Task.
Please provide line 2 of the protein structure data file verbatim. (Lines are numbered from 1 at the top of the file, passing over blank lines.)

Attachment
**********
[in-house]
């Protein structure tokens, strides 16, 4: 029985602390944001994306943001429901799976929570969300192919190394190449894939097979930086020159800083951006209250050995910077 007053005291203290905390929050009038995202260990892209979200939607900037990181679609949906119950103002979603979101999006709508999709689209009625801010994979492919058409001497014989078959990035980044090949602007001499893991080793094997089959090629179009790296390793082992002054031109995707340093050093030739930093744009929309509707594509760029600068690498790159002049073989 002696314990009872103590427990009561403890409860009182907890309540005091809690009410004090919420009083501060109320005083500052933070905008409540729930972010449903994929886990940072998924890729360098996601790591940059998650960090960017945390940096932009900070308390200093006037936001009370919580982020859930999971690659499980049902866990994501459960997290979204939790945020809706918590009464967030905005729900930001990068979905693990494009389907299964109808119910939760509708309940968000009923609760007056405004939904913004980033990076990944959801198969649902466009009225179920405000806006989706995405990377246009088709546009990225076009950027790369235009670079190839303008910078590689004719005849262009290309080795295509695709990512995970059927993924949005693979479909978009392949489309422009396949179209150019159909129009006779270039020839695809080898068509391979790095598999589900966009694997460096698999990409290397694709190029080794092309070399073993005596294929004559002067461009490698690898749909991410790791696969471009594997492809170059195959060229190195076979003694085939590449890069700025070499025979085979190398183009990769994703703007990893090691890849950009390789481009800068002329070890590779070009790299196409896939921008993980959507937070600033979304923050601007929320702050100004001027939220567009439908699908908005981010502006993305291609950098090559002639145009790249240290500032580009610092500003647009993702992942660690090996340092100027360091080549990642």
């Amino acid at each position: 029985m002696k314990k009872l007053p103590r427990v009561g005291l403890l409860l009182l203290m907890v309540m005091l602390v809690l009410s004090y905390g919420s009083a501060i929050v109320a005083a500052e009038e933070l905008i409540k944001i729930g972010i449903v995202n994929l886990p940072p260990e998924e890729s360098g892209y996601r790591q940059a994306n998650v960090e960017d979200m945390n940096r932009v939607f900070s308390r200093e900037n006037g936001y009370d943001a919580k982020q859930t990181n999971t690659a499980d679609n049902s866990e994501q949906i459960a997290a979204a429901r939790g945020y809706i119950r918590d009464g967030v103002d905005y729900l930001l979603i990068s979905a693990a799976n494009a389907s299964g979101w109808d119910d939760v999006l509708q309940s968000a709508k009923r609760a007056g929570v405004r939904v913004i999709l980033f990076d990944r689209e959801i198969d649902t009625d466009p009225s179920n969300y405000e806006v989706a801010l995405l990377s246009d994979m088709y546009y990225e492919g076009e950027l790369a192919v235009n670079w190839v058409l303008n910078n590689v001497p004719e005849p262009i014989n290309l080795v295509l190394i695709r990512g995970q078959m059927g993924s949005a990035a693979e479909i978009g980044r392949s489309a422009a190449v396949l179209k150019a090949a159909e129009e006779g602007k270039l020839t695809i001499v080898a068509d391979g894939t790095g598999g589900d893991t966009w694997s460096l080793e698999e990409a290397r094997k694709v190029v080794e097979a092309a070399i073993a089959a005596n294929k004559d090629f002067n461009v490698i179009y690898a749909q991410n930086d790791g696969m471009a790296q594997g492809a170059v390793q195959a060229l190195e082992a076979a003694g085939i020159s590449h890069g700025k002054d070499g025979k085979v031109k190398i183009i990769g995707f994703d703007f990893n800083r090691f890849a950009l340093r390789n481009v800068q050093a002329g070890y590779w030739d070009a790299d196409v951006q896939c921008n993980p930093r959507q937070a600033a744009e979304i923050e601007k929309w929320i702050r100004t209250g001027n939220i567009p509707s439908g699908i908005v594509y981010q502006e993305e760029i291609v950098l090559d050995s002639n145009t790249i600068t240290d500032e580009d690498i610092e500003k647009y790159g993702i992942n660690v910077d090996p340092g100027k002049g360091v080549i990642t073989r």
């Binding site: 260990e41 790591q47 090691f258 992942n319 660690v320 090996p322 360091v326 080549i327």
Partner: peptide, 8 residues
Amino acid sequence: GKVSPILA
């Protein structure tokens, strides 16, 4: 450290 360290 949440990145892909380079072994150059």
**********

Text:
């Protein structure tokens, strides 16, 4: 029985602390944001994306943001429901799976929570969300192919190394190449894939097979930086020159800083951006209250050995910077 007053005291203290905390929050009038995202260990892209979200939607900037990181679609949906119950103002979603979101999006709508999709689209009625801010994979492919058409001497014989078959990035980044090949602007001499893991080793094997089959090629179009790296390793082992002054031109995707340093050093030739930093744009929309509707594509760029600068690498790159002049073989 002696314990009872103590427990009561403890409860009182907890309540005091809690009410004090919420009083501060109320005083500052933070905008409540729930972010449903994929886990940072998924890729360098996601790591940059998650960090960017945390940096932009900070308390200093006037936001009370919580982020859930999971690659499980049902866990994501459960997290979204939790945020809706918590009464967030905005729900930001990068979905693990494009389907299964109808119910939760509708309940968000009923609760007056405004939904913004980033990076990944959801198969649902466009009225179920405000806006989706995405990377246009088709546009990225076009950027790369235009670079190839303008910078590689004719005849262009290309080795295509695709990512995970059927993924949005693979479909978009392949489309422009396949179209150019159909129009006779270039020839695809080898068509391979790095598999589900966009694997460096698999990409290397694709190029080794092309070399073993005596294929004559002067461009490698690898749909991410790791696969471009594997492809170059195959060229190195076979003694085939590449890069700025070499025979085979190398183009990769994703703007990893090691890849950009390789481009800068002329070890590779070009790299196409896939921008993980959507937070600033979304923050601007929320702050100004001027939220567009439908699908908005981010502006993305291609950098090559002639145009790249240290500032580009610092500003647009993702992942660690090996340092100027360091080549990642």